A tale of 2011
Many things happened in 2011, of which I can only be thankful. I wanted to consign one to record, which may otherwise be missed, because it is about a “failure” — or better said: a beautiful reaction to a disappointing realization.
Starting in August 2010, a student of mine, Thinh, had been studying a new class of protocols for quantum cryptography, inspired by a previous work. By April, he had managed to define the key mathematical objects to very general scenarios. This was his Final Year Project (FYP), which was awarded as “Outstanding” by the university. A few months later, together with Lana (post-doc), we prepared a paper and submitted to Physical Review Letters (PRL; for the unaware: one of the most prestigious journals for physics).
When the referee report came, the tone was expected: “good work but not of enough broad interest” — very common nowadays for quantum cryptography. The referee stressed how he/she liked very much our generalization, i.e. Thinh’s result. With a few modifications, we could have had the paper published in Physical Review A (PRA; a very good journal still, edited by the same society; a Tier 1 journal in NUS, for the sake of the bureaucrats who care about these classifications).
However, one of the small comments of the referee caught our attention: we realized that the family of protocols we had considered was uninteresting! In a nutshell, these protocols collect a lot of information, but then discard much of it and rely on the rest. Why should one do so?? In other words, all that we did was correct and even elegant, but the object of our study was sort of pointless.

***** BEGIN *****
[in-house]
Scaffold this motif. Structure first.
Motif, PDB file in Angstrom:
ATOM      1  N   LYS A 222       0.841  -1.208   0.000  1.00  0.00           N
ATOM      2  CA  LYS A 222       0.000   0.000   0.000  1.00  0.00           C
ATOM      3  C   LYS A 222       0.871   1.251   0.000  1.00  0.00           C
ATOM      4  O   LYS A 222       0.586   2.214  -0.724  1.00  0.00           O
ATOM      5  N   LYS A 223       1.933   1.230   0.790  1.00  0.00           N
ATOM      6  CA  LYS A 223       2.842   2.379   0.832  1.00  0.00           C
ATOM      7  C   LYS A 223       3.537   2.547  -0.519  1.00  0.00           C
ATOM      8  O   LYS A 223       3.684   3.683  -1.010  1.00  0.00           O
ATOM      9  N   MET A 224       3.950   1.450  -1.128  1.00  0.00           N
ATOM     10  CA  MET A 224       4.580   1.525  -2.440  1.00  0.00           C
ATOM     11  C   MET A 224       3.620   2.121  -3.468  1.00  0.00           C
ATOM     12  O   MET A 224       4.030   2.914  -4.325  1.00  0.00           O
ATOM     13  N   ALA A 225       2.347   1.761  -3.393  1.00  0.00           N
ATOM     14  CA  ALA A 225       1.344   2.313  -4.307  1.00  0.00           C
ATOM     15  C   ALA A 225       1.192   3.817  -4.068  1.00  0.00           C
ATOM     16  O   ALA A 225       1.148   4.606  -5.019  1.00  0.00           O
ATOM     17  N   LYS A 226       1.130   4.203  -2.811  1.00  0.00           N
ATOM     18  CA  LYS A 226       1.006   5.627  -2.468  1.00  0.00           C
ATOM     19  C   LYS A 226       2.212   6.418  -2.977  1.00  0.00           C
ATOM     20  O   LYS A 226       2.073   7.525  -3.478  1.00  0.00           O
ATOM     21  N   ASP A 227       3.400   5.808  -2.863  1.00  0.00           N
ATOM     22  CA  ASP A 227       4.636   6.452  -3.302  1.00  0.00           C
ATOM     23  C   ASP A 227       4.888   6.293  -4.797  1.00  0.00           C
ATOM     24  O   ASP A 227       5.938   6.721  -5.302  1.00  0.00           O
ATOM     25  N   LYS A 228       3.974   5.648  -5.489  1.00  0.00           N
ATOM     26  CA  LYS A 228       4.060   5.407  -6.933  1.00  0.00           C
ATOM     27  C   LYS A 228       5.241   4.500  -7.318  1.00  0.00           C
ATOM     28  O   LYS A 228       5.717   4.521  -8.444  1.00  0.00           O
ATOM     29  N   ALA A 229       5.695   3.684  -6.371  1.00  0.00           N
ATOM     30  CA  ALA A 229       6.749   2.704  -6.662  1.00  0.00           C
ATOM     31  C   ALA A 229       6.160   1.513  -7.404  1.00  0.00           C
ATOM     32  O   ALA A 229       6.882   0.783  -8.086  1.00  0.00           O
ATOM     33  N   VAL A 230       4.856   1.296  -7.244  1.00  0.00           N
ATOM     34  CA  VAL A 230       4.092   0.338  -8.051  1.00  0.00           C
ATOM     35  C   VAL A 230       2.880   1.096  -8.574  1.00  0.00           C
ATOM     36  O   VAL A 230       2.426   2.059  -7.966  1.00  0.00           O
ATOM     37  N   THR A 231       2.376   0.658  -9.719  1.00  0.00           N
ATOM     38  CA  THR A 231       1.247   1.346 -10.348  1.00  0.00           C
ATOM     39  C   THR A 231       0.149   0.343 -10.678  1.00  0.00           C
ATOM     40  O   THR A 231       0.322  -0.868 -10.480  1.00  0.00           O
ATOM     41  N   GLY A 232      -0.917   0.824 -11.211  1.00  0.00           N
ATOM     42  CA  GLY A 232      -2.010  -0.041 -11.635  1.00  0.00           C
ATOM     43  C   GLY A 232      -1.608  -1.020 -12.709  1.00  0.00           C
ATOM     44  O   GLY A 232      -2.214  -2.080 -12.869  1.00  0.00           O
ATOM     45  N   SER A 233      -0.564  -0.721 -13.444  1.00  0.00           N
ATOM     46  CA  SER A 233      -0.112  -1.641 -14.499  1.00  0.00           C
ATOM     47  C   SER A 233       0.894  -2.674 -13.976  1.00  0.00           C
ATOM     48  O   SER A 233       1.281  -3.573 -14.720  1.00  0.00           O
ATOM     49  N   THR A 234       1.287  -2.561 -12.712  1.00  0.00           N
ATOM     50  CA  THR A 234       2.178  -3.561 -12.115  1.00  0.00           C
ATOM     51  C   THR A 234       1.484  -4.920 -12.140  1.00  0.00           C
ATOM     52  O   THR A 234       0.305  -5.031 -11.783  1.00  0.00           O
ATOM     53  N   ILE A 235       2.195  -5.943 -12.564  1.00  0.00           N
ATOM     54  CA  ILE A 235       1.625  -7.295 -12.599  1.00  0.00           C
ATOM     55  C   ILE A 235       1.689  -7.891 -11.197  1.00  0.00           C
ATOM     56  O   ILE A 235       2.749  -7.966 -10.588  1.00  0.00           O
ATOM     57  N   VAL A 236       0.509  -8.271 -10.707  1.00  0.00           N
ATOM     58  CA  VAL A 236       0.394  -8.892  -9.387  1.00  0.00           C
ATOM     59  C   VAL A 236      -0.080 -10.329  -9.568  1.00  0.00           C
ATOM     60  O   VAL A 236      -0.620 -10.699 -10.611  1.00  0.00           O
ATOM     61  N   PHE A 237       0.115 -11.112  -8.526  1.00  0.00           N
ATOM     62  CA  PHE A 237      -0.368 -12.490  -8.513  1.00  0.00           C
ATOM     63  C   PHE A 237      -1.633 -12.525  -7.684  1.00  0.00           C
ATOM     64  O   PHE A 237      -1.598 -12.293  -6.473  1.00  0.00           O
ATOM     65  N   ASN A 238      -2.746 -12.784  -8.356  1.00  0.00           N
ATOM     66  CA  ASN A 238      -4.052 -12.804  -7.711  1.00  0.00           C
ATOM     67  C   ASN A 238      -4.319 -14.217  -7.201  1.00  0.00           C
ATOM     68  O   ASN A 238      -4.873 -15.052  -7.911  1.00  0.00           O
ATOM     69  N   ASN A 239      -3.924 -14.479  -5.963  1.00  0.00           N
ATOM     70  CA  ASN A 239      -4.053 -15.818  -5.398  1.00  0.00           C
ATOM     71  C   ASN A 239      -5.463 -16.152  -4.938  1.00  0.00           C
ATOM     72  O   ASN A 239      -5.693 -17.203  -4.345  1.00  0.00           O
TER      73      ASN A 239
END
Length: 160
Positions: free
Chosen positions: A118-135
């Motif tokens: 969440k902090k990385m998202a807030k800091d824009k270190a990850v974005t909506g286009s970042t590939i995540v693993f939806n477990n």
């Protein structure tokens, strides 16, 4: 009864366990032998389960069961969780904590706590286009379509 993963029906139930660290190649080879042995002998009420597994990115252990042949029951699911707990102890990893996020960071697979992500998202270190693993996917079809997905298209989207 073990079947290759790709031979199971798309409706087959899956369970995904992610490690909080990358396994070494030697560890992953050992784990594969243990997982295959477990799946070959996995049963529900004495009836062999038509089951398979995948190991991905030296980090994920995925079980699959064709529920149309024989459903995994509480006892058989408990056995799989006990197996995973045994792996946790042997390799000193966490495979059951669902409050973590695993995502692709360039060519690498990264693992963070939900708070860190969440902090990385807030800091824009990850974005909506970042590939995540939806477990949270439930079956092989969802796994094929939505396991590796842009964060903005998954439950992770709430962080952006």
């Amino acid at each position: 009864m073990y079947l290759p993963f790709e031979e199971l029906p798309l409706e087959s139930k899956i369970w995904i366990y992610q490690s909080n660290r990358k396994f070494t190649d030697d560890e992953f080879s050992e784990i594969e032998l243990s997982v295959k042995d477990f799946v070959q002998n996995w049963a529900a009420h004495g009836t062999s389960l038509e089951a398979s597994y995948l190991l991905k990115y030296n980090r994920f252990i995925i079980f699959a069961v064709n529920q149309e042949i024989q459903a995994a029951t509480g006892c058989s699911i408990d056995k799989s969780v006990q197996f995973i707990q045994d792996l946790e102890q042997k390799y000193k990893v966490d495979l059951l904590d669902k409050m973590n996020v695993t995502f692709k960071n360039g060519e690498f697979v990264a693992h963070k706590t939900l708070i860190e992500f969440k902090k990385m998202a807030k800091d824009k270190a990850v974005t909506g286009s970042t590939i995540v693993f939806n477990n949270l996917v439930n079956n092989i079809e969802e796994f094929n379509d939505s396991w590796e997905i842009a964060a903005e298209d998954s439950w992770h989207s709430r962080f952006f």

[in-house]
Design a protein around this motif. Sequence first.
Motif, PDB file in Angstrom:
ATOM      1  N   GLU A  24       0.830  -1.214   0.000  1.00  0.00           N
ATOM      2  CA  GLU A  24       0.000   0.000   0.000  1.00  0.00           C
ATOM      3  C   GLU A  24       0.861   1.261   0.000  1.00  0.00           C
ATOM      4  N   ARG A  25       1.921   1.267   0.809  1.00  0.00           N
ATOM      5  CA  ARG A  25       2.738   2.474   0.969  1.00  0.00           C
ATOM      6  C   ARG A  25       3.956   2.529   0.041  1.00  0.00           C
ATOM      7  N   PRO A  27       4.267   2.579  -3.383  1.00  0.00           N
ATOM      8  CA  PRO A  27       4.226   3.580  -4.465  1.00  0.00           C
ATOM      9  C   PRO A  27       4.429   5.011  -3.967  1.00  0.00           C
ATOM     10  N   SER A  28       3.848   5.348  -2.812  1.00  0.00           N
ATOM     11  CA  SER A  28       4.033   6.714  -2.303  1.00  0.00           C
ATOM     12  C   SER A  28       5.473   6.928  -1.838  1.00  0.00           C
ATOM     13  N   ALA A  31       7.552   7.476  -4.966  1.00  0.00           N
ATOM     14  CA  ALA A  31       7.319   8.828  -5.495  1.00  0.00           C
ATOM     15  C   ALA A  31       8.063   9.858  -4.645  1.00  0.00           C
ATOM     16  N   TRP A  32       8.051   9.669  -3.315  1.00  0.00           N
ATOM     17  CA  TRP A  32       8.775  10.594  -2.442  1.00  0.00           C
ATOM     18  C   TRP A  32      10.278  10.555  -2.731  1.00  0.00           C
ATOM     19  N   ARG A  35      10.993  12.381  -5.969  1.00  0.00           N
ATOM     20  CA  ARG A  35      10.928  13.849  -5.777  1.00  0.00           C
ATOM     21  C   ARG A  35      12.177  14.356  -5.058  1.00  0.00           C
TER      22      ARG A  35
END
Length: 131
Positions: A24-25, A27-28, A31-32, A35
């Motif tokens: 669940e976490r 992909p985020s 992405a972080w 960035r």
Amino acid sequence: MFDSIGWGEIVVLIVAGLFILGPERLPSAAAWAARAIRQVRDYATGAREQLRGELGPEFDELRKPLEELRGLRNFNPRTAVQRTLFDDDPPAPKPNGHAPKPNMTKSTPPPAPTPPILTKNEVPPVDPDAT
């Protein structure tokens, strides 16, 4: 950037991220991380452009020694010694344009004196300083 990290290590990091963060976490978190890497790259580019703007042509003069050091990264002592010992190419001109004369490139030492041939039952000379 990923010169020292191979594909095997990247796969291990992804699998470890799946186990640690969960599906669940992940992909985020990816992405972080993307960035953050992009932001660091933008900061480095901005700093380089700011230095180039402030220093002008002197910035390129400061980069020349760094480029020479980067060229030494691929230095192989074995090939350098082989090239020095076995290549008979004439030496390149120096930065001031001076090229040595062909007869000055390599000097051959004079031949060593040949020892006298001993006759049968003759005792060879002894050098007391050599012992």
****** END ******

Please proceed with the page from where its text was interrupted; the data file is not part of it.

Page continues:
Now you see the alternatives we were facing: (1) skip this awareness under the carpet, do the modifications suggested by the referees and submit to PRA, with quasi-certainty of being accepted; (2) forget about this paper and write rather a technical note, explaining why these protocols are not interesting, to be sent to a very specialized (i.e. less visible) journal. For me, there was no doubt that (2) was the correct course, but I let Thinh and Lana decide — and I am very proud to say that they took the right decision 🙂 The paper has duly been re-written and is under consideration in a specialized journal of our field.
Now comes the scary part of it. I told this story to several friends working in the academic world, over coffees or lunches or other informal meetings. Many of them, especially the younger one, were astonished: “Wow, you guys are so honest! I know many who would never had dropped the chance of publishing in a Tier 1 journal”. For myself, I am sure that Thinh and Lana have made a bigger step in their career by choosing the right course: if you keep your standards high, Tier 1 publications will come.
Happy New Year!